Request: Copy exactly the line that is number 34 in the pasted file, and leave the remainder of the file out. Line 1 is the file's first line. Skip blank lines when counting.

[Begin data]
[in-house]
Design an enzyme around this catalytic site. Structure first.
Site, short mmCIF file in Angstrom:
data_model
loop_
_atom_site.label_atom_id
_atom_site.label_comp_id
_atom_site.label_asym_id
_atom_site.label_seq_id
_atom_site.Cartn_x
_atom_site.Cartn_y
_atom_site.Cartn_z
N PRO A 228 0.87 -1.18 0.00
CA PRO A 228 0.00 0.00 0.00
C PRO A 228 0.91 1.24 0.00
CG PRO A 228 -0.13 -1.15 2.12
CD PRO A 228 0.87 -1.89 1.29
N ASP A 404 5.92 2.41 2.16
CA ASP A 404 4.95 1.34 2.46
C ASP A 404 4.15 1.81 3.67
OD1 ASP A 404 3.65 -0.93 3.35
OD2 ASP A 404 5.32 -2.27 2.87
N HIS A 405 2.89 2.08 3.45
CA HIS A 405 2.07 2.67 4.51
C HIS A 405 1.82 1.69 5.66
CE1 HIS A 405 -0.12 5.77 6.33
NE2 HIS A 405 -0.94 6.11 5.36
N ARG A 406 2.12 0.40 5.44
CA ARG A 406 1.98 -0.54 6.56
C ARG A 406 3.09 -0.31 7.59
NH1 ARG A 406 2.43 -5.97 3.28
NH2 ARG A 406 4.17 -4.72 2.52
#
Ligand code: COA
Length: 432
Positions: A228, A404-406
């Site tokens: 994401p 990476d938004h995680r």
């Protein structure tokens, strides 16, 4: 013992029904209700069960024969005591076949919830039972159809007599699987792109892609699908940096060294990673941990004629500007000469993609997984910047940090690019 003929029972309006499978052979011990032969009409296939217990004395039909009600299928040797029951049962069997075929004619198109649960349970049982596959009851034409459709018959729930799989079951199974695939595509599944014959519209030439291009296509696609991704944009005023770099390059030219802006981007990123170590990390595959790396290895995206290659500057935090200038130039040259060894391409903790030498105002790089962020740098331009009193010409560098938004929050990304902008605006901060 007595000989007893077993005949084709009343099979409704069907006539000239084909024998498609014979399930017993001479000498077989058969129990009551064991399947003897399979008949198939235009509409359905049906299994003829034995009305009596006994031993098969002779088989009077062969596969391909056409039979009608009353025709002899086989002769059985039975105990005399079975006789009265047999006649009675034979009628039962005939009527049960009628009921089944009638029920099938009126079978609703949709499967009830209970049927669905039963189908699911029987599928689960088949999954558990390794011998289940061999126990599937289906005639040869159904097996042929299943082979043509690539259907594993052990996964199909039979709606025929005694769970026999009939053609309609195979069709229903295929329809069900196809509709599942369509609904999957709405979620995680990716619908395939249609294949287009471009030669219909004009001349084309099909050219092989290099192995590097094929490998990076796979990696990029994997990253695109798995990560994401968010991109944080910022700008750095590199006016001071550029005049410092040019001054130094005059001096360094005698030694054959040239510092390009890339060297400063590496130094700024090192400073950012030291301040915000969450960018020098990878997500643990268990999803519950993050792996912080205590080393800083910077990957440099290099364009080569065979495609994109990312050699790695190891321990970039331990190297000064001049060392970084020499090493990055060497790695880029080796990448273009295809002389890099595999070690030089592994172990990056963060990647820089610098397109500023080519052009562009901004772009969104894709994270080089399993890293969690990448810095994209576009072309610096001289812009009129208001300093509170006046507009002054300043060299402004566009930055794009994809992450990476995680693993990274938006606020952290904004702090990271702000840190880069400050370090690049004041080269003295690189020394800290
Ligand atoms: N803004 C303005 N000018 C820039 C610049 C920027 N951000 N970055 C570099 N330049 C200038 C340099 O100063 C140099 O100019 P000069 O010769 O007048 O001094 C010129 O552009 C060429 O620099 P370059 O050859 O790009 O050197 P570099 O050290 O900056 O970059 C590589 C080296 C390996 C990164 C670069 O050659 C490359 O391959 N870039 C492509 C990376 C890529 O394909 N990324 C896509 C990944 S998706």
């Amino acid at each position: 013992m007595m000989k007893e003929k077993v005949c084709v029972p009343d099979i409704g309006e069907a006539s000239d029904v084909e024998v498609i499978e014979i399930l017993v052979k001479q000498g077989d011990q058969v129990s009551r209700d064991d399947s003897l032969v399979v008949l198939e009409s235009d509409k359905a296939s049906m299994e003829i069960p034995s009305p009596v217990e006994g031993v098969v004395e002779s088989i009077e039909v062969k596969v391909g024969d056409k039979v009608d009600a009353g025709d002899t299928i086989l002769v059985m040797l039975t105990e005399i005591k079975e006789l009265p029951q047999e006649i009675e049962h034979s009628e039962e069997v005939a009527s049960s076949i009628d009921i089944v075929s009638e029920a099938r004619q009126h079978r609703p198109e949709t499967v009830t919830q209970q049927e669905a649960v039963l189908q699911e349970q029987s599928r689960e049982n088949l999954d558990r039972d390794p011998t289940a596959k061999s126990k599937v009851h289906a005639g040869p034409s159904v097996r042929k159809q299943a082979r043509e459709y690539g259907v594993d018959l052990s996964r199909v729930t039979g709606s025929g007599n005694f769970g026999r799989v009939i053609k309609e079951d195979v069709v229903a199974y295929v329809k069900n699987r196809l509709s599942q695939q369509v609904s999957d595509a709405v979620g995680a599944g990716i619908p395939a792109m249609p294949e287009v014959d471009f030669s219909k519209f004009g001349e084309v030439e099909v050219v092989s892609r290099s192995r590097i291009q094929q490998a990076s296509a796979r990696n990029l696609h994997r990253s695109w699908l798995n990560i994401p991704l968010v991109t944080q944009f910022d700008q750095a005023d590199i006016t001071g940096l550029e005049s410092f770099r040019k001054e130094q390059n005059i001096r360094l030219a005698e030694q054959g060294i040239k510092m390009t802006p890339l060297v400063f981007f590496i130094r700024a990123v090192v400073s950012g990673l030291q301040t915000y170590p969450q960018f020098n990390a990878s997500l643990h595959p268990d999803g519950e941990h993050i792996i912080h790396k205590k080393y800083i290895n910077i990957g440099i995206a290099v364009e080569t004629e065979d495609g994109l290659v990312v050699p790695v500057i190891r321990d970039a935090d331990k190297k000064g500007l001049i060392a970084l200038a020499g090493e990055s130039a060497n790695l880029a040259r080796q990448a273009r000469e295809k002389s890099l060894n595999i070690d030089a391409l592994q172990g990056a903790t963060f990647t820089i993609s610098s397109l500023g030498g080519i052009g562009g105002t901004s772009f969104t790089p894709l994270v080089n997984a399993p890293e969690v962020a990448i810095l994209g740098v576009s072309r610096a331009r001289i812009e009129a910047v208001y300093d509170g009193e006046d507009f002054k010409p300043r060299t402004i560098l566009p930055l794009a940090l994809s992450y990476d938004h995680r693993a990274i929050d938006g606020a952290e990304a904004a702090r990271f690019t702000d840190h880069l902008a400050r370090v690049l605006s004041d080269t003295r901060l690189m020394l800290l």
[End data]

Ligand code: COA